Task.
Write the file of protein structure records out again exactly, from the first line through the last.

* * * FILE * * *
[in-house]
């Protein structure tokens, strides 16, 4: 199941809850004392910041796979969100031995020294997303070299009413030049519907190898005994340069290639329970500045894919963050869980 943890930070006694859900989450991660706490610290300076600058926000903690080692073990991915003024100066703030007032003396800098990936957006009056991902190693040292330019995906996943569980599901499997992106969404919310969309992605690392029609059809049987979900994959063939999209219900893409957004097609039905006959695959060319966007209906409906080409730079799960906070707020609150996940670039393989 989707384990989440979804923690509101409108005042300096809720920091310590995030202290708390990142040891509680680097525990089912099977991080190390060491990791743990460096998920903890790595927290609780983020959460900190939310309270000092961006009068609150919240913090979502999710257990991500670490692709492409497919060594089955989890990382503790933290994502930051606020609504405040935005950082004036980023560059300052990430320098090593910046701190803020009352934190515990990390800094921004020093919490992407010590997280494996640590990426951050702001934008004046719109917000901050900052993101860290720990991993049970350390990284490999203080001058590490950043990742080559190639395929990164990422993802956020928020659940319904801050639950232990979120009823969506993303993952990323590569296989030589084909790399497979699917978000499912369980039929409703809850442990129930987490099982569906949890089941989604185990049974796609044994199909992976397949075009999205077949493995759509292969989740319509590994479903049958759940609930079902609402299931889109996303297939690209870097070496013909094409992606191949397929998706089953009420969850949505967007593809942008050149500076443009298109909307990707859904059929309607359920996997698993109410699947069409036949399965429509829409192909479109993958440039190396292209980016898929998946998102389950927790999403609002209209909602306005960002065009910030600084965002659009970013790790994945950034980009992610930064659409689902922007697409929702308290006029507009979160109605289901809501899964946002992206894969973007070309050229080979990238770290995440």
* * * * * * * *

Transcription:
[in-house]
């Protein structure tokens, strides 16, 4: 199941809850004392910041796979969100031995020294997303070299009413030049519907190898005994340069290639329970500045894919963050869980 943890930070006694859900989450991660706490610290300076600058926000903690080692073990991915003024100066703030007032003396800098990936957006009056991902190693040292330019995906996943569980599901499997992106969404919310969309992605690392029609059809049987979900994959063939999209219900893409957004097609039905006959695959060319966007209906409906080409730079799960906070707020609150996940670039393989 989707384990989440979804923690509101409108005042300096809720920091310590995030202290708390990142040891509680680097525990089912099977991080190390060491990791743990460096998920903890790595927290609780983020959460900190939310309270000092961006009068609150919240913090979502999710257990991500670490692709492409497919060594089955989890990382503790933290994502930051606020609504405040935005950082004036980023560059300052990430320098090593910046701190803020009352934190515990990390800094921004020093919490992407010590997280494996640590990426951050702001934008004046719109917000901050900052993101860290720990991993049970350390990284490999203080001058590490950043990742080559190639395929990164990422993802956020928020659940319904801050639950232990979120009823969506993303993952990323590569296989030589084909790399497979699917978000499912369980039929409703809850442990129930987490099982569906949890089941989604185990049974796609044994199909992976397949075009999205077949493995759509292969989740319509590994479903049958759940609930079902609402299931889109996303297939690209870097070496013909094409992606191949397929998706089953009420969850949505967007593809942008050149500076443009298109909307990707859904059929309607359920996997698993109410699947069409036949399965429509829409192909479109993958440039190396292209980016898929998946998102389950927790999403609002209209909602306005960002065009910030600084965002659009970013790790994945950034980009992610930064659409689902922007697409929702308290006029507009979160109605289901809501899964946002992206894969973007070309050229080979990238770290995440």